WTHR-TV, however, gave top billing in its Thursday night newscast with an interview with Schneider by Kevin Rader concerning the allegations contained in an anonymous complaint filed with the Inspector General. His report included an interview with Jennifer Wagner, communications director for the Indiana Democratic Party and the editor of Taking Down Words, which first posted the complaint on its blog site Wednesday night. It appears that TDW was the first media source to obtain the complaint. TDW wrote upon its release, "Lo and behold, a copy of the anonymous IG complaint arrived on TDW's desk last week." Other news media sources say they received their copy on Wednesday, at the same time copies were being distributed to all 150 state lawmakers.
Mary Diana Penner writes in today's Star about the 9-year old lawsuit being settled:
A dispute over a winning scratch-off ticket that would have cost the Hoosier Lottery $5 to resolve in 1997 instead will cost the agency more than $1 million.
The lottery has agreed to a proposed settlement to end the nearly decade-long fight, which evolved into a class-action lawsuit.
Here's what happened:
Tom H. Smith, Indianapolis, bought a $2 "instant win" ticket in 1996, which yielded a $5 prize. He didn't instantly redeem it, though. And when he tried to collect months later, he was told he was too late.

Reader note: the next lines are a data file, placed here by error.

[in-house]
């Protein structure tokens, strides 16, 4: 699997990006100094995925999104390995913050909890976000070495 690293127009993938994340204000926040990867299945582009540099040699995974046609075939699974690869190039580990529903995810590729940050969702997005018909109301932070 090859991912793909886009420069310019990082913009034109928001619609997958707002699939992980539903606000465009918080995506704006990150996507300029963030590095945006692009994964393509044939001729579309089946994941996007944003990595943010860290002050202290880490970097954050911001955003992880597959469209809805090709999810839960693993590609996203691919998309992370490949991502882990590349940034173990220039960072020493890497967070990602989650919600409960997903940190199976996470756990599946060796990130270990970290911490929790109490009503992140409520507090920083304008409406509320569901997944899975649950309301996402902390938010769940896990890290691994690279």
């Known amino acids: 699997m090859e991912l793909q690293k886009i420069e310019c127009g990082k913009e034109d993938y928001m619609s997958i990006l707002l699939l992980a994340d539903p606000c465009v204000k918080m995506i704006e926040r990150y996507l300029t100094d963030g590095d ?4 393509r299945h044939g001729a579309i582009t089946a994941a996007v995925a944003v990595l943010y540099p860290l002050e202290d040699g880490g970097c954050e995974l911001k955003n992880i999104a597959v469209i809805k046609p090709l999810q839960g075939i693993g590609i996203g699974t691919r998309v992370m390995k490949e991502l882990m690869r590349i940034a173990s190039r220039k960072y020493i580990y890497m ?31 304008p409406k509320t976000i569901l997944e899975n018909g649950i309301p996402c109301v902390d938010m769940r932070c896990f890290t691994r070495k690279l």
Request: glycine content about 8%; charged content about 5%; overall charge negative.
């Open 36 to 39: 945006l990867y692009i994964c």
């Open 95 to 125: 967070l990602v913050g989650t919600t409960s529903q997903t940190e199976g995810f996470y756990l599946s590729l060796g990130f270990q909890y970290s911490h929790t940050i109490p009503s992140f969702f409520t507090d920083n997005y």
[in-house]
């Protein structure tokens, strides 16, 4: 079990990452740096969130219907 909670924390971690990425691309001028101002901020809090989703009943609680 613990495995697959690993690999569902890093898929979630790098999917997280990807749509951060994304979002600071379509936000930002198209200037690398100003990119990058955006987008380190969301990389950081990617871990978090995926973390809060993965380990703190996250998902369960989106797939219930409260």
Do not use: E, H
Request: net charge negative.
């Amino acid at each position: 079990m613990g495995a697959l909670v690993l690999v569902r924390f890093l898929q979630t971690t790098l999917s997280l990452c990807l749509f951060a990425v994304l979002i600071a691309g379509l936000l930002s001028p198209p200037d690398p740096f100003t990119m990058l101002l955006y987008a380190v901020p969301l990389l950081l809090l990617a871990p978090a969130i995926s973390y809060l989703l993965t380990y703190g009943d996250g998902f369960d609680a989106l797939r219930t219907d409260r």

Smith appealed to lottery headquarters, saying he had no way of knowing the game had ended. That didn't work, so he sued.
The lottery already has ponied up more than $450,000 to pay lawyers to fight the suit and now is agreeing to set up a $600,000 pot to resolve the entire matter, once and for all.
Esther Schneider, executive director of the Hoosier Lottery since January 2005, when Gov. Mitch Daniels appointed his own team, said she looked at the lawsuit she inherited and decided enough was enough.
"I thought, 'OK, how do we make this thing go away?' " she said. Under the terms of the proposed settlement, which still must be formally approved by a judge, Smith will get $15,000 from the $600,000 fund.
It really is a serious case of mismangement on the part of the agency, although the blame here largely must be placed on her predecessors. The only real winner is the law firm of Baker & Daniels, which the state paid more than $450,000 in legal fees to handle a $5 scratch-off ticket claim. The disputing winner will receive $15,000 for the $5 prize the Lottery refused to pay him, although I suspect his attorney, Rich Waples, will get at least 40% of that amount.